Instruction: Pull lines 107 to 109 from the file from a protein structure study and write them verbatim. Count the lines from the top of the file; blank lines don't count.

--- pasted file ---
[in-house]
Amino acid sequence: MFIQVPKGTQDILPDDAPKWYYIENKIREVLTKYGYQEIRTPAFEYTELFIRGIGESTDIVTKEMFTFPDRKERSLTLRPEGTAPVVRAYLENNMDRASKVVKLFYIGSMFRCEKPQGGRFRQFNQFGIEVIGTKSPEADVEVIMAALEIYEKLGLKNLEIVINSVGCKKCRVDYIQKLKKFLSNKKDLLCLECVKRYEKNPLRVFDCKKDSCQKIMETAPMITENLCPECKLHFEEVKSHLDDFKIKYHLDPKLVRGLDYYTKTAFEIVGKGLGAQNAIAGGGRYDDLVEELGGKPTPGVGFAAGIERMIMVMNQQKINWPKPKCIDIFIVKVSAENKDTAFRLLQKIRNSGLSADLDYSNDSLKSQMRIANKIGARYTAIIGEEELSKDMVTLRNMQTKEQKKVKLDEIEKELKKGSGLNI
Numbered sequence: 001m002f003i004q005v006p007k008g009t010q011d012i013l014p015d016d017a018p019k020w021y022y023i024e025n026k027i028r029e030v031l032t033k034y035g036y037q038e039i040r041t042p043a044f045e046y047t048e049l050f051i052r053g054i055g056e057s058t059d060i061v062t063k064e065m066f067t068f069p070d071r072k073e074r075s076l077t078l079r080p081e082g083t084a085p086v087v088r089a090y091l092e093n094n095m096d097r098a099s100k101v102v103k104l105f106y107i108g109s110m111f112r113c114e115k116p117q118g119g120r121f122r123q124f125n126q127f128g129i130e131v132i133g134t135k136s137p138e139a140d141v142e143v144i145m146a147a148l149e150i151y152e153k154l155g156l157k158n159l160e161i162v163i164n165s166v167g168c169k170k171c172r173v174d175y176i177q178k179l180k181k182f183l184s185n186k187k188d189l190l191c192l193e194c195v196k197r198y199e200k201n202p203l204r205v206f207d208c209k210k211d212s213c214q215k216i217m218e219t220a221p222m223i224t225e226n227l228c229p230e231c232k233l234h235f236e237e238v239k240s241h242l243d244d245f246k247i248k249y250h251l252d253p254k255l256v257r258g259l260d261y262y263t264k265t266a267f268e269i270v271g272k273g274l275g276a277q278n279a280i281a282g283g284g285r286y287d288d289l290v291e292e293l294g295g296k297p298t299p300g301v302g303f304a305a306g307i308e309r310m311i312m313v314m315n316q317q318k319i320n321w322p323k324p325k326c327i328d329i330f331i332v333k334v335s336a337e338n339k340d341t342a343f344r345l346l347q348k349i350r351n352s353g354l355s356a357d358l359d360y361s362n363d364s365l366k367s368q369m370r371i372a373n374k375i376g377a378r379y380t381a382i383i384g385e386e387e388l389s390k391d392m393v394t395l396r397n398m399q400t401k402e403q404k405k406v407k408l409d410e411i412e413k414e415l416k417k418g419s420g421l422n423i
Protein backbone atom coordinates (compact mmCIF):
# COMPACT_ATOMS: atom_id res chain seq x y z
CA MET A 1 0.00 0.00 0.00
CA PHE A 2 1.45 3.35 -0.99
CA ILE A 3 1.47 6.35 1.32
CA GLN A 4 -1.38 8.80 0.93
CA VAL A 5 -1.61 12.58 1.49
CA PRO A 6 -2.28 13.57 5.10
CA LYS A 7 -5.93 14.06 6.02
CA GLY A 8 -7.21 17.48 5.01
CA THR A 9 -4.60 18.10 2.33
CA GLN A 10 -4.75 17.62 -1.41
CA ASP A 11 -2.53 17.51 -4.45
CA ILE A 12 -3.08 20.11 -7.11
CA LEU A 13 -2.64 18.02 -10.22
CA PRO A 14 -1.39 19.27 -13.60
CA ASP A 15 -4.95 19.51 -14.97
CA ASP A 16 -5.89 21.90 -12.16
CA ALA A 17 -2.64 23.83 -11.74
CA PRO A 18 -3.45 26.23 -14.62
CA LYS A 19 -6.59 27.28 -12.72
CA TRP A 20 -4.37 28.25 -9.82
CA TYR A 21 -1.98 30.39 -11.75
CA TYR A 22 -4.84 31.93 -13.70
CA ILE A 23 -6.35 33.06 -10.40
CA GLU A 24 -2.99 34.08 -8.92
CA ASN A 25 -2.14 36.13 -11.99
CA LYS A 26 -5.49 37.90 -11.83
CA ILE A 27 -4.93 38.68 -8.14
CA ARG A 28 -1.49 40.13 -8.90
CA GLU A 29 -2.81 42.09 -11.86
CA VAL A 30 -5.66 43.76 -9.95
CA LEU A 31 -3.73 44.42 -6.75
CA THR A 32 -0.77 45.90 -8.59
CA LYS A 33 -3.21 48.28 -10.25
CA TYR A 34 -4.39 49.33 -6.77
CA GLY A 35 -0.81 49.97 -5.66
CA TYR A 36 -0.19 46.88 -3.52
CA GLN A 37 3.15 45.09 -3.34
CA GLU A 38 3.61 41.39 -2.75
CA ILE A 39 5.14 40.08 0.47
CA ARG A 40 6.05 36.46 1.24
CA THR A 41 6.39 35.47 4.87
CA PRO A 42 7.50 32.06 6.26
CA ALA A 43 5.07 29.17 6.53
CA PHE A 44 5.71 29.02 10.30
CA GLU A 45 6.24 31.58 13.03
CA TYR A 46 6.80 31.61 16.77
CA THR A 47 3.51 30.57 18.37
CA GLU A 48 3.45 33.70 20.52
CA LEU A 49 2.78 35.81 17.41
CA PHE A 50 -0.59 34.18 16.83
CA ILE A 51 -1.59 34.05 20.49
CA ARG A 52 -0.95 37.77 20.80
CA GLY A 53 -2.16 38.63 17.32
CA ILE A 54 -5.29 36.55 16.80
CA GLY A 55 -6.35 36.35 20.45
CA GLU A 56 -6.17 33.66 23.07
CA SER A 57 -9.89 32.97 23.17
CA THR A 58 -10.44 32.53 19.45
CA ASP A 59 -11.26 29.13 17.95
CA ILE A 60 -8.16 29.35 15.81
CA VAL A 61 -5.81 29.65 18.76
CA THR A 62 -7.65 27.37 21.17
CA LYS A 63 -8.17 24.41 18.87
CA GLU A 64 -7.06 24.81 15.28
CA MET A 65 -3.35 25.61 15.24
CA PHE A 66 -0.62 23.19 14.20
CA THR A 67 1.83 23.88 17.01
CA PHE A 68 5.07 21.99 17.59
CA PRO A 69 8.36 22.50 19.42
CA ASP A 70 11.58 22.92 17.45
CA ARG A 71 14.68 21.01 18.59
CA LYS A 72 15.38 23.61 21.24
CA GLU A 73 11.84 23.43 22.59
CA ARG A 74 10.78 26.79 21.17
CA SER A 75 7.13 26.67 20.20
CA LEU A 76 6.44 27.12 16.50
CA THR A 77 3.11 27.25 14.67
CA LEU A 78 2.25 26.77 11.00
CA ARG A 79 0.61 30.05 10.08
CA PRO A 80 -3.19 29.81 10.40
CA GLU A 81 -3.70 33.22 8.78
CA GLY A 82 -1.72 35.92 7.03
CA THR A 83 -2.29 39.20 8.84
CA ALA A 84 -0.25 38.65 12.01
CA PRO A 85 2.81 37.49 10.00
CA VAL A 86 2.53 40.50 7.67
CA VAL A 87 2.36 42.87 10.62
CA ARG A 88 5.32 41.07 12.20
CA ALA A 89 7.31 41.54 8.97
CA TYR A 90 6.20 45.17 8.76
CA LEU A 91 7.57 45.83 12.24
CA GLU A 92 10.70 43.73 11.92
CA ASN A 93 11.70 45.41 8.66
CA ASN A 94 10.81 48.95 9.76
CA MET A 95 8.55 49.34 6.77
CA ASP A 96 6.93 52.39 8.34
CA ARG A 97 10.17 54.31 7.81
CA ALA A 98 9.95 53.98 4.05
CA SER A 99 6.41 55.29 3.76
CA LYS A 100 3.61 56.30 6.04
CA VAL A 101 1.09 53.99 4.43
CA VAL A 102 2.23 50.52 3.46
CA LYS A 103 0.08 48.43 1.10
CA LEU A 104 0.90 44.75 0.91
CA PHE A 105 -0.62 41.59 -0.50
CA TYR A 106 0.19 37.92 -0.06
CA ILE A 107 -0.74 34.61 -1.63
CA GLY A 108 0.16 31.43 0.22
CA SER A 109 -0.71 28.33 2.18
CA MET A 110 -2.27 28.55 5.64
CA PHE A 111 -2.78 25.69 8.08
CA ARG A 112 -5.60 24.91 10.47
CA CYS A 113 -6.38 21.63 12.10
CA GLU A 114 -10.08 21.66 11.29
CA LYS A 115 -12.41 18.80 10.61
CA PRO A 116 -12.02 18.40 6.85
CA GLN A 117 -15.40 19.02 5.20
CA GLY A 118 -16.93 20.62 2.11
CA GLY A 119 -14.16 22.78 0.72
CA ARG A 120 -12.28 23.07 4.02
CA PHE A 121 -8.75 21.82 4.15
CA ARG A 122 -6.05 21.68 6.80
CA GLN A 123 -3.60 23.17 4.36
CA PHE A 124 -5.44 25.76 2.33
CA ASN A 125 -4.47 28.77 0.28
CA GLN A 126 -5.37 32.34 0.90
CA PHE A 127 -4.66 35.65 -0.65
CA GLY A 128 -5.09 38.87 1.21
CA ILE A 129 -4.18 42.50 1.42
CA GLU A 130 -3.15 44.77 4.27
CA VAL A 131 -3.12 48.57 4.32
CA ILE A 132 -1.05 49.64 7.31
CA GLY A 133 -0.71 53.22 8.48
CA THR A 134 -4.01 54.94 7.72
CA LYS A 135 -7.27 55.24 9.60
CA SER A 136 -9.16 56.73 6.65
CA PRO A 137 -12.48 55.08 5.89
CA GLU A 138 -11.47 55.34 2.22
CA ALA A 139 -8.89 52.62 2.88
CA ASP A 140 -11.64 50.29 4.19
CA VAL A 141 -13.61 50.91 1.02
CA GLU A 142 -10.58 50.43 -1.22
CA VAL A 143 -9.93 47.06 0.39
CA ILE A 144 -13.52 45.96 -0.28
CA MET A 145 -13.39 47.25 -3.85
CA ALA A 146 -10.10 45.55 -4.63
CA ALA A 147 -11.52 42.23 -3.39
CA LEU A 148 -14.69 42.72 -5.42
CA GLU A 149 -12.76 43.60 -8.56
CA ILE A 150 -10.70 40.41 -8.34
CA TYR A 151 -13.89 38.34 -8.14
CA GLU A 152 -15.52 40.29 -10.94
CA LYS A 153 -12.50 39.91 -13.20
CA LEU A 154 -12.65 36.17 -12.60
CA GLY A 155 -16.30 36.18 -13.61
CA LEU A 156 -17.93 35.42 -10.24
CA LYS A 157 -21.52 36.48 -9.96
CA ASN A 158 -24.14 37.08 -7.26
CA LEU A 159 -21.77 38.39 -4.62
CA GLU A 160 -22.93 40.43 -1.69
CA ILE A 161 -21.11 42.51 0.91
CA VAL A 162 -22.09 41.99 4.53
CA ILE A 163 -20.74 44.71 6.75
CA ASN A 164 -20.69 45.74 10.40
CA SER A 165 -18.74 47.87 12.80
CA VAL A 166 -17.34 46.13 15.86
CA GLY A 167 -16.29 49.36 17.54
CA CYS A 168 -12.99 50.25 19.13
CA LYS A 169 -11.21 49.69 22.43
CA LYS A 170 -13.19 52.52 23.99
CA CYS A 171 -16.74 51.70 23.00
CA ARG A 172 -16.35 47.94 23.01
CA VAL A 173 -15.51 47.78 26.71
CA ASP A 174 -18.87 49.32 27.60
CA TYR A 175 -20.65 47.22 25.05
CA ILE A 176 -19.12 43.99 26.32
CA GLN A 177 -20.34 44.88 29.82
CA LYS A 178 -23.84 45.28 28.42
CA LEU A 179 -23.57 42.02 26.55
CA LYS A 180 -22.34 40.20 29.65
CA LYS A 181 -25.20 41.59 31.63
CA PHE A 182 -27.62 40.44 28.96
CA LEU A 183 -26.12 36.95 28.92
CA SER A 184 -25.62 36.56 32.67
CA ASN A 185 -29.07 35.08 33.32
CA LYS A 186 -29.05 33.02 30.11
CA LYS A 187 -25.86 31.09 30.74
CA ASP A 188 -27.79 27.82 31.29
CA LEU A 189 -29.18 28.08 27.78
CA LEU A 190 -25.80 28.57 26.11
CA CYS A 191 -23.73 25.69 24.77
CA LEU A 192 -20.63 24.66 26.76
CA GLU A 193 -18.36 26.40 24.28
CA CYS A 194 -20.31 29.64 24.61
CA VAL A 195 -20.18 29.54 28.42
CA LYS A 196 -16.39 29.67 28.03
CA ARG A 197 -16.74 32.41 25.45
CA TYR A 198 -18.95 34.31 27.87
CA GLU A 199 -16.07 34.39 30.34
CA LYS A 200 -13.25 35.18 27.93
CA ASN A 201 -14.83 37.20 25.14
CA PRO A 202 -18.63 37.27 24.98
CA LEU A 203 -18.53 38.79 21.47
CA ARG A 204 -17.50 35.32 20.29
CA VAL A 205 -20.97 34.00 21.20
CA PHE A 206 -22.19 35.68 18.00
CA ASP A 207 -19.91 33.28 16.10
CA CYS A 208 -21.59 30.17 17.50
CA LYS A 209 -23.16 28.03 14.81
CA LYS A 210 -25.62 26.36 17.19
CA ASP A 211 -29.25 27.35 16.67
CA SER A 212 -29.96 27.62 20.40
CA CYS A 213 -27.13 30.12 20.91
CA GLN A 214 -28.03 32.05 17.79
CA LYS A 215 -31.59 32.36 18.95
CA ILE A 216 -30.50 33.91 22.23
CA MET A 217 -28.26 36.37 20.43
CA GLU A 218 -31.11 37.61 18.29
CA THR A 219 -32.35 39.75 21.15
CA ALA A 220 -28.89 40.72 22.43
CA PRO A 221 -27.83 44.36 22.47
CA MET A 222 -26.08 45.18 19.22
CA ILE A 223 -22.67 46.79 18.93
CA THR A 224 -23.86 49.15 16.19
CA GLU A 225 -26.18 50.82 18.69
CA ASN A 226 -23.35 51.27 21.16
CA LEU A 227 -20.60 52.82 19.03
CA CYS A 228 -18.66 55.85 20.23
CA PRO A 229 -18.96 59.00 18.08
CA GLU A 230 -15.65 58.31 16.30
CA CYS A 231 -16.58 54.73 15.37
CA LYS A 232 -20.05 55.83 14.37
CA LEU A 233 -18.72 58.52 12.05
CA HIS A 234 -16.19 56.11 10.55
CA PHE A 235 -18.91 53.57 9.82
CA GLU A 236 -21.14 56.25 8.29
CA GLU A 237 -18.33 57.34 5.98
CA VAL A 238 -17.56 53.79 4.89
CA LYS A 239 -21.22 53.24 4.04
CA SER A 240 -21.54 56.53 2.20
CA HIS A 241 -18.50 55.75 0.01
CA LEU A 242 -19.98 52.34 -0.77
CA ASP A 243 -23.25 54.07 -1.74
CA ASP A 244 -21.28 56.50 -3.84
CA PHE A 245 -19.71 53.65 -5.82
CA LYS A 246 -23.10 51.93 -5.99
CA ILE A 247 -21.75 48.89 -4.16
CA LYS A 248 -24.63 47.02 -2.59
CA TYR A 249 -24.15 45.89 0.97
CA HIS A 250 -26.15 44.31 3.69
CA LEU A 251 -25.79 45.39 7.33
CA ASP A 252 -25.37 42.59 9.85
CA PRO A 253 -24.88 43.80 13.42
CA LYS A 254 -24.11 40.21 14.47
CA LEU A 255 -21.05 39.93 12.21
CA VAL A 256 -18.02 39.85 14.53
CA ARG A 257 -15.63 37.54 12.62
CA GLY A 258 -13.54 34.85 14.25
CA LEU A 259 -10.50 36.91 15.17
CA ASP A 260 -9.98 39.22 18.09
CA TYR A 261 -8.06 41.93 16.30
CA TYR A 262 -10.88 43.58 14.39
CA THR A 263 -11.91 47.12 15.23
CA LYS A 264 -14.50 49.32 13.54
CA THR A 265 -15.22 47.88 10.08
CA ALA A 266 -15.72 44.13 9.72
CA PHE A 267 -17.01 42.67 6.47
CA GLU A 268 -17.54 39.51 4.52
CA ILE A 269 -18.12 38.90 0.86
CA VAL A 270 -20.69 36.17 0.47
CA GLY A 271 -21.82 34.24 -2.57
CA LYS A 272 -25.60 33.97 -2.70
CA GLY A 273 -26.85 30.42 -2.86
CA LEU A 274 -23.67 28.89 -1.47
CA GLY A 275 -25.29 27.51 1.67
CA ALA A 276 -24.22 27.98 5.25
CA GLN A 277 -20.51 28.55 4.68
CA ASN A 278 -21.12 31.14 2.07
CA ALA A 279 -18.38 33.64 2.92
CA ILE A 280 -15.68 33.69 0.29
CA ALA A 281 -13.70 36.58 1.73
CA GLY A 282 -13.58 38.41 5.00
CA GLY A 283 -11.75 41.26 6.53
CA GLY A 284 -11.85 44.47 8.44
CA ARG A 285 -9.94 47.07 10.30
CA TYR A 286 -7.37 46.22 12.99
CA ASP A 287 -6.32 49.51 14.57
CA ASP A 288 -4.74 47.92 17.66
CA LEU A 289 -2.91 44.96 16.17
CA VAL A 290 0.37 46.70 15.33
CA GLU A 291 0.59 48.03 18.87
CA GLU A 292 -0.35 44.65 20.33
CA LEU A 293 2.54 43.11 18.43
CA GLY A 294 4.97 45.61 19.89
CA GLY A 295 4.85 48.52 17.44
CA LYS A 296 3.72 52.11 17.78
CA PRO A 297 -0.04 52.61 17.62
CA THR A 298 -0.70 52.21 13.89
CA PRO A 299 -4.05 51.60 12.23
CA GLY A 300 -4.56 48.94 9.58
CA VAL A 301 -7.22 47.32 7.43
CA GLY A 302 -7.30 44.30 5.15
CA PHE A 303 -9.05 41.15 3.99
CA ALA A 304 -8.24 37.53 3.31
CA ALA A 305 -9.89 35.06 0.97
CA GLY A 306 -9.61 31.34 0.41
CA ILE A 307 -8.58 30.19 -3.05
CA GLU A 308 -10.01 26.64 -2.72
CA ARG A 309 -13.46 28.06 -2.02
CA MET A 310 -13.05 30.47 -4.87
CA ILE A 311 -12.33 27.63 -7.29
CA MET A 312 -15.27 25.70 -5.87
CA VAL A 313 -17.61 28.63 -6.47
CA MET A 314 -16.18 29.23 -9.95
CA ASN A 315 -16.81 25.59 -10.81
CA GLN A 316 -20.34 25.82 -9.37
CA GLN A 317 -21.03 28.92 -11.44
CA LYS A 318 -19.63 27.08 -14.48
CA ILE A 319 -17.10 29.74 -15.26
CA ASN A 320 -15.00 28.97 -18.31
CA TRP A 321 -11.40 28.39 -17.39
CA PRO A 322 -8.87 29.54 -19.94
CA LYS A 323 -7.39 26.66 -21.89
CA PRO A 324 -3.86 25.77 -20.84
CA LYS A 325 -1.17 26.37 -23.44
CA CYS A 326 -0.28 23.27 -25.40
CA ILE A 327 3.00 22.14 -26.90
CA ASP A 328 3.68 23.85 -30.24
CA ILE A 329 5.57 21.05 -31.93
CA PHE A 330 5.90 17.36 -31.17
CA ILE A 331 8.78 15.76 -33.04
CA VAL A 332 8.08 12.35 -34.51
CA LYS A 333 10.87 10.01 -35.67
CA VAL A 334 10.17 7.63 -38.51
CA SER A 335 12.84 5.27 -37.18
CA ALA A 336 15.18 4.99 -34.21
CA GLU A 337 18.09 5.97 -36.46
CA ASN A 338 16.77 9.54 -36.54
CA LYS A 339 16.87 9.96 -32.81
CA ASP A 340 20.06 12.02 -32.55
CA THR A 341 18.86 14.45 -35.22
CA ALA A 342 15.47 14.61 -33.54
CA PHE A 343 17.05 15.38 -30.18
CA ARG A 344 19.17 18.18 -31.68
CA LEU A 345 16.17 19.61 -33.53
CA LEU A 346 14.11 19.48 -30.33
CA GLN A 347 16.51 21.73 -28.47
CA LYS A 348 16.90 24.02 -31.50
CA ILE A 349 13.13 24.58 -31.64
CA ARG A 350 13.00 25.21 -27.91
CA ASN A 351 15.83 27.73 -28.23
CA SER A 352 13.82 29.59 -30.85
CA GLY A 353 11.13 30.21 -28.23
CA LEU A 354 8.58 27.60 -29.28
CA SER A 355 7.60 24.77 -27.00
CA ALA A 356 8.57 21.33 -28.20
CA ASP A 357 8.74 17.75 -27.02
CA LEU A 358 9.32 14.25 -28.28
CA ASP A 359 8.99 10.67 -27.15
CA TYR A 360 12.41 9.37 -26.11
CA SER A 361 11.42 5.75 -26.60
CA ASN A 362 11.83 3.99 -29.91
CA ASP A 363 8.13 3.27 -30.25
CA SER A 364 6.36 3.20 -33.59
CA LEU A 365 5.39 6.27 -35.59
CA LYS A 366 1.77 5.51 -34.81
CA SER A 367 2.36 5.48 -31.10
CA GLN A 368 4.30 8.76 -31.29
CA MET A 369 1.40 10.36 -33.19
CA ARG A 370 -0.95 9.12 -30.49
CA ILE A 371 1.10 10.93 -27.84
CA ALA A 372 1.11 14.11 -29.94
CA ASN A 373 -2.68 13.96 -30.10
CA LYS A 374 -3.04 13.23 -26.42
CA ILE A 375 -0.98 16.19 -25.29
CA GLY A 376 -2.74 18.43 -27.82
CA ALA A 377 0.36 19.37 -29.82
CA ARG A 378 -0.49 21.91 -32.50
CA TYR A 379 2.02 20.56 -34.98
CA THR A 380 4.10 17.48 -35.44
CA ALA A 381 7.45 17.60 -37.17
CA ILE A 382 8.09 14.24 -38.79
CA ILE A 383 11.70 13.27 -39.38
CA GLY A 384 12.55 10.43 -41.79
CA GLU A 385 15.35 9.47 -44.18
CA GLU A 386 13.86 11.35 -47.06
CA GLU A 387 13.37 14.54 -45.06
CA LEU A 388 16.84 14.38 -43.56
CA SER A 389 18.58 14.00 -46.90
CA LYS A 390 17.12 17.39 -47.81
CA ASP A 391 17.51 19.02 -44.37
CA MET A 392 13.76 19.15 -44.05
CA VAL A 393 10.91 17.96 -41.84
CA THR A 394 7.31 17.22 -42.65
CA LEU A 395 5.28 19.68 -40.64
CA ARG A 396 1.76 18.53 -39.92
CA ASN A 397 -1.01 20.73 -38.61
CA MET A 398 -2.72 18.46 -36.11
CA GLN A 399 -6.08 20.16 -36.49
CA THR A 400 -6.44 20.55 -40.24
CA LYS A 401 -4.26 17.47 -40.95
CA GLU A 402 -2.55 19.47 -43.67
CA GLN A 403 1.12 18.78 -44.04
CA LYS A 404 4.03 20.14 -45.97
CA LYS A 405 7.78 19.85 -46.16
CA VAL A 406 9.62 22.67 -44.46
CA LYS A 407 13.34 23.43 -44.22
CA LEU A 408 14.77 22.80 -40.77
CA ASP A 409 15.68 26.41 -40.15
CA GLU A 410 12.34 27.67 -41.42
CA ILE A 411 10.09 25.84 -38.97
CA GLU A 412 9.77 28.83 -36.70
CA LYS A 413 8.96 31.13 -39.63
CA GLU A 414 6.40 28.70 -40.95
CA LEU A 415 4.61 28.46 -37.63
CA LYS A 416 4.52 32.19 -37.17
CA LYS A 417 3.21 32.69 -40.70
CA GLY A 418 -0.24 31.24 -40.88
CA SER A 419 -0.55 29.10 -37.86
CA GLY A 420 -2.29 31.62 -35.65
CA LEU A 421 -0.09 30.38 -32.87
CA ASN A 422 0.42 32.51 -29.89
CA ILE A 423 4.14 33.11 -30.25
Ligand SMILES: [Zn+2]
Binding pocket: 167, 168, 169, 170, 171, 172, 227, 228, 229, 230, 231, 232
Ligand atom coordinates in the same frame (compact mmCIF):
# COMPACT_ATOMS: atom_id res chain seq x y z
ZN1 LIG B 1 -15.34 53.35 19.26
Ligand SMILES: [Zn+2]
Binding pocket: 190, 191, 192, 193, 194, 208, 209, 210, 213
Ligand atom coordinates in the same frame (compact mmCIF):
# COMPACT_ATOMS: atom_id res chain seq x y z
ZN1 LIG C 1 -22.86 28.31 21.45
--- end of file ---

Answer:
CA VAL A 102 2.23 50.52 3.46
CA LYS A 103 0.08 48.43 1.10
CA LEU A 104 0.90 44.75 0.91